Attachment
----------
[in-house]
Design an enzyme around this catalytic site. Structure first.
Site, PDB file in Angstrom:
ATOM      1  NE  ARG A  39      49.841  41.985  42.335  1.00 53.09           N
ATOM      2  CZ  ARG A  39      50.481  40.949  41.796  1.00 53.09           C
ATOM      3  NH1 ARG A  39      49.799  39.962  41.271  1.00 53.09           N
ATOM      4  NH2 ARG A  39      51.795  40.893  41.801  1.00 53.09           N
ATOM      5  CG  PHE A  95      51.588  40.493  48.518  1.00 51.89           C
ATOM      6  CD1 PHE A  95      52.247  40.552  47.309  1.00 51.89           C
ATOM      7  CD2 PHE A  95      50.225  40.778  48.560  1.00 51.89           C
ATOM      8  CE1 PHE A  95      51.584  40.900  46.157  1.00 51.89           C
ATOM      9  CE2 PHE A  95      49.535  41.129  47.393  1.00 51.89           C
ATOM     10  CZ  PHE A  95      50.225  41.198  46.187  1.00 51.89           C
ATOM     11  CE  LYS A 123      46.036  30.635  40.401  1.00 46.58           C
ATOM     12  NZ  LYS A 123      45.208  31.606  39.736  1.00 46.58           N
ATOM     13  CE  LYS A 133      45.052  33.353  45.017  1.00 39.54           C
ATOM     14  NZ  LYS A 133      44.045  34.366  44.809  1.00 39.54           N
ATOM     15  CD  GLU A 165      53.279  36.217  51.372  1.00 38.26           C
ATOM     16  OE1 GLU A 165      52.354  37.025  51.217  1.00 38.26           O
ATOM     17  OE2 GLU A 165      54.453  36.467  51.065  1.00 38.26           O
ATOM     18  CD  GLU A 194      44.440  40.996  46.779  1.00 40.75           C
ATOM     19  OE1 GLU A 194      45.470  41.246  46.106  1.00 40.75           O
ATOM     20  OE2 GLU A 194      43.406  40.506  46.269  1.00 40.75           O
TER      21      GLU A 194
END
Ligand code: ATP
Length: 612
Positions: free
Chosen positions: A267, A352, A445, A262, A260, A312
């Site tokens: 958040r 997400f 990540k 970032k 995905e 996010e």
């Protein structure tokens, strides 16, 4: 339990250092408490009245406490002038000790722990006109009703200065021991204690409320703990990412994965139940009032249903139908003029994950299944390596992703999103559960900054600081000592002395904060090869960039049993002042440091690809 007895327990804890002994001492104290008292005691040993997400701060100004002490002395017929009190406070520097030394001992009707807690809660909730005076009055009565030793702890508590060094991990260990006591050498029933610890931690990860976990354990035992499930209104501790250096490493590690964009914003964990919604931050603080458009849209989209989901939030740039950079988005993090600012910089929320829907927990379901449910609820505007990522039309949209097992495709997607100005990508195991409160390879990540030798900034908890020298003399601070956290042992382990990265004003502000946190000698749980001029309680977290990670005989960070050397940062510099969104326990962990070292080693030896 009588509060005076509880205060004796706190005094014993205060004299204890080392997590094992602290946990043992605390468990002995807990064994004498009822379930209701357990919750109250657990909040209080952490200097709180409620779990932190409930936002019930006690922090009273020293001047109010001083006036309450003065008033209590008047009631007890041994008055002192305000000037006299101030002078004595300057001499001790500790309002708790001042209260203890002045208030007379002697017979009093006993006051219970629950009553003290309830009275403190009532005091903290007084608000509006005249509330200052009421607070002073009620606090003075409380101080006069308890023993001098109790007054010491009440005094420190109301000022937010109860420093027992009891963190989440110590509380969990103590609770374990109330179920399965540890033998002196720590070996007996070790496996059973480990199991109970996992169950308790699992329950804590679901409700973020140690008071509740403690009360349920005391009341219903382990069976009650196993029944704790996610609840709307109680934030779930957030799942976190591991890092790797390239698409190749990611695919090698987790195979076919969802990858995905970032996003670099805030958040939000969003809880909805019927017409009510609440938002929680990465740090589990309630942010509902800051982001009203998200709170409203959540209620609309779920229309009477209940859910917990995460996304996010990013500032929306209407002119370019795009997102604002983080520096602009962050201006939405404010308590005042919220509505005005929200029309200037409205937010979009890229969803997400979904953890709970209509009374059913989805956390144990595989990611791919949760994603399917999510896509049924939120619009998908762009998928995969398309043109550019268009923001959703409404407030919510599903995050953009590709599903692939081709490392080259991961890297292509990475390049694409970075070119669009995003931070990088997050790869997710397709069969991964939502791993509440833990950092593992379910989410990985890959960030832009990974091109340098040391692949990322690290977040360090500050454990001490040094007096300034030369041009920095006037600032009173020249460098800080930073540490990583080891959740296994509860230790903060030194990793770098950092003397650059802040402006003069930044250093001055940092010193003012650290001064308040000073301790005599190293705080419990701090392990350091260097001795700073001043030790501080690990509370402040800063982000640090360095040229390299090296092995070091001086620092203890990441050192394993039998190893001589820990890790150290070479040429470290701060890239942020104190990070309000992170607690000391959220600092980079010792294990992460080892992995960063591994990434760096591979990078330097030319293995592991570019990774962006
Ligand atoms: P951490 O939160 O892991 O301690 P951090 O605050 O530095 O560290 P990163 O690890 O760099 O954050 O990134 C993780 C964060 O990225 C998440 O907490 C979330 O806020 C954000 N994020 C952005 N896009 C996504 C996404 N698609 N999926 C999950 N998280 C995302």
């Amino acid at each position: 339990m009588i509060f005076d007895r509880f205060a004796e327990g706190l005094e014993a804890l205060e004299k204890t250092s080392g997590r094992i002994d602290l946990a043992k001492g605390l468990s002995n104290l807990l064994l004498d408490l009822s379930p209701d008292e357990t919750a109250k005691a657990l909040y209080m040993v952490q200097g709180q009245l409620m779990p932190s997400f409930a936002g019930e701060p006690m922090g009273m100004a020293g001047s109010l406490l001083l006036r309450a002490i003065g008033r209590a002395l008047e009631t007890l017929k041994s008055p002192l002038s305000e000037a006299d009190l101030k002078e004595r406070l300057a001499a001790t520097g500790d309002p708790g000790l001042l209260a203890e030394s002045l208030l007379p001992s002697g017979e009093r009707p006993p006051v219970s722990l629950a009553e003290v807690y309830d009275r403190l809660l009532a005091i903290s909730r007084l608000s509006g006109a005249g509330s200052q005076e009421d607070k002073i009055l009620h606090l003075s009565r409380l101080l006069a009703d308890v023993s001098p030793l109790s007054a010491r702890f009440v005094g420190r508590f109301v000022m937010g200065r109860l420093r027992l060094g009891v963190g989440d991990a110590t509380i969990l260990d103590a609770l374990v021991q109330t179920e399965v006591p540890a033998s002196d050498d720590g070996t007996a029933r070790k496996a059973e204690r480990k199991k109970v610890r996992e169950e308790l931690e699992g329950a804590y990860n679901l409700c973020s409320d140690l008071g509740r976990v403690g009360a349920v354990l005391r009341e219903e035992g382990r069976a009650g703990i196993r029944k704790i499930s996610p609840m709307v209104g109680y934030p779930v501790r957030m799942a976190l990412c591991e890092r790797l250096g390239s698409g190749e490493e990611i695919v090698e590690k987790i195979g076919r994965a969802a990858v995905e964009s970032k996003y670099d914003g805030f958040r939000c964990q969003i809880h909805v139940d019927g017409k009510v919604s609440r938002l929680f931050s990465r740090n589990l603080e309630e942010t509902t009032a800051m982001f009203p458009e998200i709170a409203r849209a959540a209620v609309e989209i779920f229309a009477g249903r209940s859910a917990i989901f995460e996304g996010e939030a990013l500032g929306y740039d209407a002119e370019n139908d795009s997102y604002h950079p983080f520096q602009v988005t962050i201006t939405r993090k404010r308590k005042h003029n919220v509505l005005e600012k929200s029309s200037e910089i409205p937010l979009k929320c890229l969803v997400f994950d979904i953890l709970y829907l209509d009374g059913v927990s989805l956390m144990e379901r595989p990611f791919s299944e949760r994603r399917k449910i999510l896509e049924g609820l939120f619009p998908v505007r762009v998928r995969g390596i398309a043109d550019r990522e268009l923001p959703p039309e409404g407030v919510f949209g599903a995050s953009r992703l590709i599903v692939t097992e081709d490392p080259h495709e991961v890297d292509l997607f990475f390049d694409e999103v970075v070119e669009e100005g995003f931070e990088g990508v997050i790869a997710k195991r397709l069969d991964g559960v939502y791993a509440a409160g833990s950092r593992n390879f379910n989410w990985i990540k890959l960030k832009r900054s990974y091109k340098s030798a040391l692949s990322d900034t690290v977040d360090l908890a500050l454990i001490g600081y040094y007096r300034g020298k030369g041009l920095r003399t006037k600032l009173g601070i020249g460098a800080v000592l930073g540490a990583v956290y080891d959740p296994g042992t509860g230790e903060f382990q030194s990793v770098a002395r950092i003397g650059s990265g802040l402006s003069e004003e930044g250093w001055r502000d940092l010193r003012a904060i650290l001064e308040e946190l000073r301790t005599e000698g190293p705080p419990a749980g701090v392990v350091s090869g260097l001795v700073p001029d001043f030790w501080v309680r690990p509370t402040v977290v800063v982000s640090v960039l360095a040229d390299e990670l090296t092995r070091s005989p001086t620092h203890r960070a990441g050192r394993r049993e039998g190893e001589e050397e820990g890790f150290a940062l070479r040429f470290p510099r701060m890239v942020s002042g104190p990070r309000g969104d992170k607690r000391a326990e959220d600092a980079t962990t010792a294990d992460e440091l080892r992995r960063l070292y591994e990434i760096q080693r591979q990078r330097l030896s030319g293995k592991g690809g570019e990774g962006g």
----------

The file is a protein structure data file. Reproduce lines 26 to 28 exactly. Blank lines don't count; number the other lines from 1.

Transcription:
Ligand code: ATP
Length: 612
Positions: free